Dardenne’s own admission that the job he wants is in Baton Rouge, not Washington doesn’t make the piece irrelevant, though, because as its author Michael Warren notes the talk that Sen. David Vitter might be preparing to run for governor could make Dardenne’s path a lot more difficult – pursuing the Senate seat against Landrieu could be a smarter outlet for the ambition either of Dardenne or his supporters.
And of course Dardenne can make that run without giving up his current job.
The PPP poll which had him within three points of Landrieu a couple of weeks ago makes for even more fuel for the fire, though PPP is a notoriously inaccurate pollster for red-state races.
But Dardenne has a pair of problems to overcome if he wants to become the Republican standard-bearer against Landrieu, and both involve a fellow Baton Rougean who wants that seat.
Namely, Cassidy. And primarily the fact that the Congressman has a war chest of $2 million already built in preparation for the race. That stash is federal money, an important distinction – Dardenne’s current war chest of $718,000 (as of last month) is a state campaign chest, which he can’t use for the Senate race. That would mean Dardenne would be starting from scratch and he’d be forced to mine much of the same capitol-area ground Cassidy has been mining in an effort to catch up to the Congressman.
But it’s not just money, and the occupation of many of the resources to raise it, that Dardenne might have trouble with. From John Maginnis’ latest dispatch at the Baton Rouge Business Report’s Daily Report…
While Dardenne ponders, Republican U.S. Rep. Bill Cassidy of Baton Rouge, who has been quiet since he fired his political consultant Timmy Teepell, resurfaced in campaign mode this week. He showed up at the Republican State Central Committee meeting with his two new advisors, Jason Hebert and Scott Hobbs of The Political Firm.
Cassidy had been considered to be the big favorite to emerge as the GOP’s leading candidate for the seat all along, and particularly after the news hit that he’d hired Teepell. It was when Teepell and the Cassidy camp parted ways that all the new names – state sen. Conrad Appel, BESE member Chas Roemer, Boustany, Landry, Fleming and now Dardenne – began emerging.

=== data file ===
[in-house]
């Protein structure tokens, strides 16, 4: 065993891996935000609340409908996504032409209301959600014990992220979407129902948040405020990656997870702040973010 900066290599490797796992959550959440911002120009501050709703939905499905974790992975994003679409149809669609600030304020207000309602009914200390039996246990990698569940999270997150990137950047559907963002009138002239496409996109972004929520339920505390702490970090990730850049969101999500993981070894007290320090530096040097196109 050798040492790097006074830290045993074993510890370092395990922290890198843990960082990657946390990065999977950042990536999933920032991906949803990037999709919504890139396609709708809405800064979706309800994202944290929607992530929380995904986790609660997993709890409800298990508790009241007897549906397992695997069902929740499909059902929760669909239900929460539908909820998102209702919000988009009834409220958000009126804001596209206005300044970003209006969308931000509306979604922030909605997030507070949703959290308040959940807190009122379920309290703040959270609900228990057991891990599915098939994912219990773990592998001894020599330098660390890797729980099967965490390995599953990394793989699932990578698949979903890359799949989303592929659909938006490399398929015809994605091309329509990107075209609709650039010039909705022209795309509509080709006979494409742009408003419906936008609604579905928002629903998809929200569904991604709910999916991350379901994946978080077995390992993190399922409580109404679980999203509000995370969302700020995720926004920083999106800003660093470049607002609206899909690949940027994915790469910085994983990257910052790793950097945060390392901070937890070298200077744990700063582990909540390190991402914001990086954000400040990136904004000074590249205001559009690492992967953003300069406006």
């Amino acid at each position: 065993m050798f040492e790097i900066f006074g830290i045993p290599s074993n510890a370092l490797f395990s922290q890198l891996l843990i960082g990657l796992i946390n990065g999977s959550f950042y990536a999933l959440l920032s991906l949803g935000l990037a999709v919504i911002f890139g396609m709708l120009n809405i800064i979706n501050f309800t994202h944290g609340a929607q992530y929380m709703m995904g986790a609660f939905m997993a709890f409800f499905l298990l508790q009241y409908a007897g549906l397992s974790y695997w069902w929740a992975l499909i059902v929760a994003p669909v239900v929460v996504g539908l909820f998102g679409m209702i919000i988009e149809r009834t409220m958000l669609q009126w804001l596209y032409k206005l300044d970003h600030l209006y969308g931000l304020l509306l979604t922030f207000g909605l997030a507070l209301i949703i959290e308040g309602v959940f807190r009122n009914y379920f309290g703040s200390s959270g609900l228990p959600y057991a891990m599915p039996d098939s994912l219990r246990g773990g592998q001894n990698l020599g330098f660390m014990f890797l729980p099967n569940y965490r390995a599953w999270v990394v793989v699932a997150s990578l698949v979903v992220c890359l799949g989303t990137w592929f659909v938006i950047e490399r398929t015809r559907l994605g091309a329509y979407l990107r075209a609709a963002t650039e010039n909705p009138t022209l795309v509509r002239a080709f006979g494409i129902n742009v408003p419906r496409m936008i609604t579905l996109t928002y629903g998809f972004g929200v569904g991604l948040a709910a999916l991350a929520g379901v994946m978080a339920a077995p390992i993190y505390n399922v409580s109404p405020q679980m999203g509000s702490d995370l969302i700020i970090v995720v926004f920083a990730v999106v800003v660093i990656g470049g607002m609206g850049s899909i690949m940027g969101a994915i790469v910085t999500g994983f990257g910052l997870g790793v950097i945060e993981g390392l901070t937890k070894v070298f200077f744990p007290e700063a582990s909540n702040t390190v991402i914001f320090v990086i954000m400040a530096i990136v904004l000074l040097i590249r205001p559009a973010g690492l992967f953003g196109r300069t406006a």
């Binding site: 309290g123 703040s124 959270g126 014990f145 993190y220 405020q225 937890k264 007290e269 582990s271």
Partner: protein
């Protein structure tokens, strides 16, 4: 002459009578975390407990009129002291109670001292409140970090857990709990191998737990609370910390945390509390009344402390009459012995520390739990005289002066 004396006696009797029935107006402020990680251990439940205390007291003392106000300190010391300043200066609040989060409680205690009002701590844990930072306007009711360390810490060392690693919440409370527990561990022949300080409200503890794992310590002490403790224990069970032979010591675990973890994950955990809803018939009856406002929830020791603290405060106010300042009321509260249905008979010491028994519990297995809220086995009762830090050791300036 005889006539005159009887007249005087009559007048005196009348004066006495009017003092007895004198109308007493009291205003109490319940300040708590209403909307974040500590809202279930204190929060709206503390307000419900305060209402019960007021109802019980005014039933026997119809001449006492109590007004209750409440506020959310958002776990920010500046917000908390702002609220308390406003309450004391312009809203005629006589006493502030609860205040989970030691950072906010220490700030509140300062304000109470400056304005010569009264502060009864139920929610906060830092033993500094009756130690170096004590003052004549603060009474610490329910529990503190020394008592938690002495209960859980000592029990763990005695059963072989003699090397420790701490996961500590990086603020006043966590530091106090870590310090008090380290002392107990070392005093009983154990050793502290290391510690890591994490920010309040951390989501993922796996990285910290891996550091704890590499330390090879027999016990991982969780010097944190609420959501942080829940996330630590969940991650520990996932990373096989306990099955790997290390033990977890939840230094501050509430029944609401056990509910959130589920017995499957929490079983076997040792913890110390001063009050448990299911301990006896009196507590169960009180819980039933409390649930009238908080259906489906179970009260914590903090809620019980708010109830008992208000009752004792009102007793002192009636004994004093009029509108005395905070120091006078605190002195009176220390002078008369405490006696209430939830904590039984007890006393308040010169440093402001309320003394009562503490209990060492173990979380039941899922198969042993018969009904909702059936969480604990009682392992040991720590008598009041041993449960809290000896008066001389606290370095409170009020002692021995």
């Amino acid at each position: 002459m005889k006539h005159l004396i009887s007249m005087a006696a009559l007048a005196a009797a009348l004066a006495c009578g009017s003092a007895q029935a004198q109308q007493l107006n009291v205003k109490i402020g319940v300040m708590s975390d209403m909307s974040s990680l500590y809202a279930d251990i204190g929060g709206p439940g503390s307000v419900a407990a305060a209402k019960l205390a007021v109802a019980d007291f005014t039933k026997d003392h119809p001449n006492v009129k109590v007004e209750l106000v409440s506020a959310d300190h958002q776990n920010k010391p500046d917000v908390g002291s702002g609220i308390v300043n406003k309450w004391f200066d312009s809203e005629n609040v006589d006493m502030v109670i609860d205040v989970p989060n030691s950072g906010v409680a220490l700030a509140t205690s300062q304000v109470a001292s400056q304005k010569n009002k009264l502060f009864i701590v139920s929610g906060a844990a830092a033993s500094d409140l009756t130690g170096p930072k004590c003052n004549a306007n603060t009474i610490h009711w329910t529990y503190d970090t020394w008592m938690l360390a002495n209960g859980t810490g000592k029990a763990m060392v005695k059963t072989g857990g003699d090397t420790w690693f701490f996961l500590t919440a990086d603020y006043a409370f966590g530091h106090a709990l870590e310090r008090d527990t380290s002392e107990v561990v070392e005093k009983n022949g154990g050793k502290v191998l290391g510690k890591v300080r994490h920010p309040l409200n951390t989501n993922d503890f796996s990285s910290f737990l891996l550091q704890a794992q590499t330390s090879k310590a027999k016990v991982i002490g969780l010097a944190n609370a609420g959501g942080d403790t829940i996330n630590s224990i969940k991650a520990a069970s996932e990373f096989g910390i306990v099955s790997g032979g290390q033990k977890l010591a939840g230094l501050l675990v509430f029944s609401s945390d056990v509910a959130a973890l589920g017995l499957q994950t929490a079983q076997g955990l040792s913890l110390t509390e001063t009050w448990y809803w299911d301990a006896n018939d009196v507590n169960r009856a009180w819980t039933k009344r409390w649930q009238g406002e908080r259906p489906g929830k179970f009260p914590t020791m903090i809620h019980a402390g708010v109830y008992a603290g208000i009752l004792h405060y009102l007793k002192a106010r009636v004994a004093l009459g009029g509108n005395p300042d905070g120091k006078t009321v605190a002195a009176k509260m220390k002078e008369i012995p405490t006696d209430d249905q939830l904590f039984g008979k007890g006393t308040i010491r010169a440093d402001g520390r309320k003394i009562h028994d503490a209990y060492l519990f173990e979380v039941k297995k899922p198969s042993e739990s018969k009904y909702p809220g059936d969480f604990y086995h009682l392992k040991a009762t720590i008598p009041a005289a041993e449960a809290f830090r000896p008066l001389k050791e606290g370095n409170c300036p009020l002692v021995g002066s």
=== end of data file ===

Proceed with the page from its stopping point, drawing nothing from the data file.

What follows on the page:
But in bringing Hebert and Hobbs onto the scene, Cassidy would not only be getting two of the state’s best campaign gurus – TPF’s signature is on an astonishing number of electoral successes in Louisiana in recent years – but he’d also be robbing Dardenne of a big piece of his past winning team. Hebert was the general consultant for Dardenne’s successful runs in 2010 and 2011 for his current position; it might not be impossible for him to win without Hebert, but it could well be more difficult.
Meanwhile, Fleming remains an interesting darkhorse. He’s arguably the most conservative of Louisiana’s congressional delegation, he has a big reserve of personal cash he could pour into his campaign, he (like Cassidy and Dardenne) has cultivated a decent TV presence while coming off with a little sharper edge than either, and he’s got North Louisiana virtually all to himself. It’s too early to know whether he really wants to pursue the seat or if he’d keep his powder dry for 2016, when it’s possible Louisiana’s other Senate seat could come open should Vitter run, and win, the governor’s race.
So we might – might – be back to Cassidy as the likely Republican candidate, because as Maginnis notes the state party folks are very worried about having multiple Republicans running in a jungle primary against Landrieu and there is a fervent hope that the party could unify behind a single candidate. If not, multiple Republicans would commence to beating on each other in an effort to secure a spot in the runoff – with the risk that their internecine fight could lead to her skating to 50 percent in the primary.
That’s hardly a sure thing, but it’s enough of a risk to make some politicos on the Right nervous. Landrieu’s seat is the last remaining Democrat holdout in Louisiana, and it’s also a big piece of the national GOP’s plans to re-take the Senate in 2014. Nobody wants to blow a chance to knock her out next year, and nobody wants to risk a mistake – or be blamed for losing the seat.
But if Cassidy runs for the Senate, he’d have to give up his House seat – and there is no clear Republican candidate in the wings in a newly-redrawn district which ought to be quite Republican-friendly. That’s another source for consternation and worry.
But it’s also a post for another time…